The second biosphere reserve in Saudi Arabia, located in the western part of the country, is home to globally critically endangered species, including the Arabian leopard and the Arabian gazelle, as well as various endemic species of flora. About 50,000 villagers in the buffer zone and transition areas, depend heavily for their livelihood on farming and pastoral activities including the tending of camels, sheep and goats.
Designation date: 2021
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Regional network: ArabMAB
Surface : 762,700 ha
- Core area(s) : 193,300 ha
- Buffer zone(s) : 275,000 ha
- Transition zone(s): 294,400 ha
Location: 27.014417°N - 37.517526°E
Royal Commission for AlUla
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Harrat Uwayrid is an inland Biosphere Reserve and lays in the Hot Desert Biome of the Middle East and Western Asia biogeographic region, combining characteristics from both Arabian Desert and Palearctic bioregions.
In general terms the harrats harbor a vegetation with affinity to volcanic rocky slopes and some sandy areas. On Harrat Uwayrid, a number of interesting species have been found, all of them rare, including the stem-succulent Caralluma europaea, and Thymus decussatus (Sinai Thyme). A total of 19 species of mammals have been confirmed in 2019 within the reserve’s boundaries.The carnivorous comprised nine species of native carnivores, the Arabian Leopard (Globally Critically Endangered) that was considered extinct but last seen in 2018, Arabian Wolf (Canis lupus arabs) (Regionally Endemic), the Striped Hyena (Hyaena hyaena) (Regionally Vulnerable), and the Caracal (Felis caracal) (Regionally Near Threatened) being among them, Blandford’s Fox (Vulpis cana) (Regionally Vulnerable). In addition, the site is home to valuable Arabian Gazelles (Globally Vulnerable) and Nubian Ibex (Globally Vulnerable).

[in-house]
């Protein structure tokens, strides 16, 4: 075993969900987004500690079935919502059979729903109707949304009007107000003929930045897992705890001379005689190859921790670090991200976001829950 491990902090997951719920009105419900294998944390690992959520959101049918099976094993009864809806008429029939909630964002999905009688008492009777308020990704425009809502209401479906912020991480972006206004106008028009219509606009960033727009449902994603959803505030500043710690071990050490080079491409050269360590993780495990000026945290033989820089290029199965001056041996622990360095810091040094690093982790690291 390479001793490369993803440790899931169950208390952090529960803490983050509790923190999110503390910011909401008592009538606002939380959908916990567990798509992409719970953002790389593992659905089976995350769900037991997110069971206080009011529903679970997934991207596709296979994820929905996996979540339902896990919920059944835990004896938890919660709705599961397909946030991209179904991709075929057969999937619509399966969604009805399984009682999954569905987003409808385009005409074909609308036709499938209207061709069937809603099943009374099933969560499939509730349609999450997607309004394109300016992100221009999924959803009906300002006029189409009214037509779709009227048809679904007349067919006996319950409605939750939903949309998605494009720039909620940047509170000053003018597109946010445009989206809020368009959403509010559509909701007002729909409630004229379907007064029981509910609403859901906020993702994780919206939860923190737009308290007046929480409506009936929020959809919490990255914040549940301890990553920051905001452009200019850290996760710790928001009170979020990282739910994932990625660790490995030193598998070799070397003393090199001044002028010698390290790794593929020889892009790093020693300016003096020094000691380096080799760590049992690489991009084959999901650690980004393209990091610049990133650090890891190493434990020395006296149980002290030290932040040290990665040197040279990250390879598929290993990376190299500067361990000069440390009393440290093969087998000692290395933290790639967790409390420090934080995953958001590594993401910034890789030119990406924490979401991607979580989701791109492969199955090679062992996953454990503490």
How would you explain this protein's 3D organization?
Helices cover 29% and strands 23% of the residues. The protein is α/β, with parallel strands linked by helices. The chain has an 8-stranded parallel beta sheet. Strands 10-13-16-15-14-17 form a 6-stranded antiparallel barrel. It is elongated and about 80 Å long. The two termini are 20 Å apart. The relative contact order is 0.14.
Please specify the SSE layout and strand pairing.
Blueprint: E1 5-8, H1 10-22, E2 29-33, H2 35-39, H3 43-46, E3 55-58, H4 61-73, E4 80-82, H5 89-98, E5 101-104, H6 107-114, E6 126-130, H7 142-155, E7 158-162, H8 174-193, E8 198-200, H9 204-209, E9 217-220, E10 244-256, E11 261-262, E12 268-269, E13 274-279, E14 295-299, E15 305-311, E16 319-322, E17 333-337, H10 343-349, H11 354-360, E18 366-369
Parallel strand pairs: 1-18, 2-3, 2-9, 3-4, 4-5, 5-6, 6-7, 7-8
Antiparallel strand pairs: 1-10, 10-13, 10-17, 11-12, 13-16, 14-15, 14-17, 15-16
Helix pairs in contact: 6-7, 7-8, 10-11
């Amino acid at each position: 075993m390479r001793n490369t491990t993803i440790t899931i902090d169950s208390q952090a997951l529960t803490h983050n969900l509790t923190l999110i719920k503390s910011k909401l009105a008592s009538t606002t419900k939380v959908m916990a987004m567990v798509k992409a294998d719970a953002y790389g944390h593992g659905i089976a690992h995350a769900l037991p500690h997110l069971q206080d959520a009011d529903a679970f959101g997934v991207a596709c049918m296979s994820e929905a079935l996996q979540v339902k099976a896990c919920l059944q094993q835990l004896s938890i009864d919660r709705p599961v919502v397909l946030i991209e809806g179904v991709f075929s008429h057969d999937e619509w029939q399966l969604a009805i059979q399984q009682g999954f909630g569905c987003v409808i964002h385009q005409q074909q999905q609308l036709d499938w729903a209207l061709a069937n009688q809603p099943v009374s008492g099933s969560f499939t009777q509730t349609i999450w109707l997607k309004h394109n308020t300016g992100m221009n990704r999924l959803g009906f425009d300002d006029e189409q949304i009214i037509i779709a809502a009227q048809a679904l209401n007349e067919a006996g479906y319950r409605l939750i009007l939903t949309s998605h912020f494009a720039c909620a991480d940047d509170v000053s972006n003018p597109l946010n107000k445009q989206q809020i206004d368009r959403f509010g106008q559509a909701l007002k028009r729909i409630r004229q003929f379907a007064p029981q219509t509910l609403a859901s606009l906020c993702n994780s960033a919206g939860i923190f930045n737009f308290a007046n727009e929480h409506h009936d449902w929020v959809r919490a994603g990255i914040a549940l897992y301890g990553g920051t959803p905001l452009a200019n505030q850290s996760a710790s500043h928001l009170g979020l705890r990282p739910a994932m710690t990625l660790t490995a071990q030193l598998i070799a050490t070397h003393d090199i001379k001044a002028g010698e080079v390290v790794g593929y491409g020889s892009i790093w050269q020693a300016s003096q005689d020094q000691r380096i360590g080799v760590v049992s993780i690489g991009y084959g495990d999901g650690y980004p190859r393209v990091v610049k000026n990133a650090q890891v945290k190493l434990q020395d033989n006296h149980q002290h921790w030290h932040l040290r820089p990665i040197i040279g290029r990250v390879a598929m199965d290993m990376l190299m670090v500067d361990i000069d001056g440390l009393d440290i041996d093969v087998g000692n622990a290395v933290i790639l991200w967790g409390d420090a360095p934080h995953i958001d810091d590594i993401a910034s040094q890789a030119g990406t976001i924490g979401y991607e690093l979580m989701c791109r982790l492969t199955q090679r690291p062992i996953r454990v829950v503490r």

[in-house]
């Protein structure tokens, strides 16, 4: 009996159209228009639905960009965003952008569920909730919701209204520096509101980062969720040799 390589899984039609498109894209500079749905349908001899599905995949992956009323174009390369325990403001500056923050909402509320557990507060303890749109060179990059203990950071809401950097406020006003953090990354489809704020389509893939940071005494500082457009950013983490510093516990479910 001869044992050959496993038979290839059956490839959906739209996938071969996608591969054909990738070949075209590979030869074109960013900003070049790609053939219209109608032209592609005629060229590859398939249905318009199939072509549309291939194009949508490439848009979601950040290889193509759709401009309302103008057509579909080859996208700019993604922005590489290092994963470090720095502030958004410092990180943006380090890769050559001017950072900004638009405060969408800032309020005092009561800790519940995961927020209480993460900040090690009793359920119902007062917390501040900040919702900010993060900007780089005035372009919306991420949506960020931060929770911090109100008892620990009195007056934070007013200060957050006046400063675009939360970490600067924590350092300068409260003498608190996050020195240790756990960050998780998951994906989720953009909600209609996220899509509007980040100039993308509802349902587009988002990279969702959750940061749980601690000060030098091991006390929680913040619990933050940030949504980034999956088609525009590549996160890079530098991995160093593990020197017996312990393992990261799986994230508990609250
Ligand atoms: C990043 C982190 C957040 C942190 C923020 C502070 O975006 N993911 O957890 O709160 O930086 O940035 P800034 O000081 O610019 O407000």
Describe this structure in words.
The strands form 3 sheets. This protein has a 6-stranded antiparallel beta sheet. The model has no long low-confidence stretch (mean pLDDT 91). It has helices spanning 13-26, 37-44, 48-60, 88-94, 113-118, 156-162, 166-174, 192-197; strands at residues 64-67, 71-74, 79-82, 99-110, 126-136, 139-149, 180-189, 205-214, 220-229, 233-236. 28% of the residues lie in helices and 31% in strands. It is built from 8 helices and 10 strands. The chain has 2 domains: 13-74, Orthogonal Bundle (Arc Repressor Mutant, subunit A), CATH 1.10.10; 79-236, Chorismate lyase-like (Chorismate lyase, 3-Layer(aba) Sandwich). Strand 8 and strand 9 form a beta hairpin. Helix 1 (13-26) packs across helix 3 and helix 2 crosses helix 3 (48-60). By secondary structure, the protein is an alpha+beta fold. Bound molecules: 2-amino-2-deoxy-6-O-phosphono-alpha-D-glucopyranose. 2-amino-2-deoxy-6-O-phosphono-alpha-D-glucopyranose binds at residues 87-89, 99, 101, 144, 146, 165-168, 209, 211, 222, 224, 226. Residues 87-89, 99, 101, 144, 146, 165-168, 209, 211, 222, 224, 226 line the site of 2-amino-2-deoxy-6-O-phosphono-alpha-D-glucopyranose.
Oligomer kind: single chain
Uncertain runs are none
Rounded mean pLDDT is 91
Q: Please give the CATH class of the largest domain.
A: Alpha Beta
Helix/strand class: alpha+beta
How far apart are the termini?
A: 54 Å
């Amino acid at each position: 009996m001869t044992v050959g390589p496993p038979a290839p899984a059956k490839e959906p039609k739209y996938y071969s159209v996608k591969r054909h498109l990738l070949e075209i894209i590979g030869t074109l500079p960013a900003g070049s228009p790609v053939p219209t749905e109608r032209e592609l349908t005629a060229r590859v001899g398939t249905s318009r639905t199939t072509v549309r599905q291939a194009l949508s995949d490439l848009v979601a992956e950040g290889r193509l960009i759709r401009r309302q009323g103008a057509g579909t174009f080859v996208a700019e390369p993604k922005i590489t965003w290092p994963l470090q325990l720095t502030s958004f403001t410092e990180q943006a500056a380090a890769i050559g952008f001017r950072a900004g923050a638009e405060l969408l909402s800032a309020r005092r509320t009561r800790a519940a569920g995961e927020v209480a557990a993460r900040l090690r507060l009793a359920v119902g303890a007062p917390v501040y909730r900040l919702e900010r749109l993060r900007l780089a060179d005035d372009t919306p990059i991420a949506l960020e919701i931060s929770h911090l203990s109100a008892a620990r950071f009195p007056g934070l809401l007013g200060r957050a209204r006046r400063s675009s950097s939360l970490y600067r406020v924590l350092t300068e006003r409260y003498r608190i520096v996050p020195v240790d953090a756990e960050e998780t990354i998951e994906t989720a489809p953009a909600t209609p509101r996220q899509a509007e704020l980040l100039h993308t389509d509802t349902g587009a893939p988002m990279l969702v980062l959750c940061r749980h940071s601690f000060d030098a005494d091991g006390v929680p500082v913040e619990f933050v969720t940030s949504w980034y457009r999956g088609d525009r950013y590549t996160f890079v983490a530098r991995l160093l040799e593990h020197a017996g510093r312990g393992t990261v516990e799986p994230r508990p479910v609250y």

The two main human activities in the Harrat Uwayrid Biosphere Reserve are tending herds and agriculture. The first is a traditional activity for the Bedouins who represent the majority of the local community. The historical use of the Harrat Uwayrid main parts were found to be limited to herding and grazing activities. Ancient land uses were restricted to nomadic pastoral practices, limited by the shortage of groundwater and grazing lands. Bedouin communities shifted with the availability of water and grazing lands seasonally.
Moringa peregrina trees are naturally found in the area. For decades, the local community has passed down the traditional practices, from generation to another, of using tree seeds to extract oil and leaves as tea and natural remedies. The seeds also provide a means for purifying water and is a very important local source of nutrients and known as anti-oxidant.
Last updated: October 2022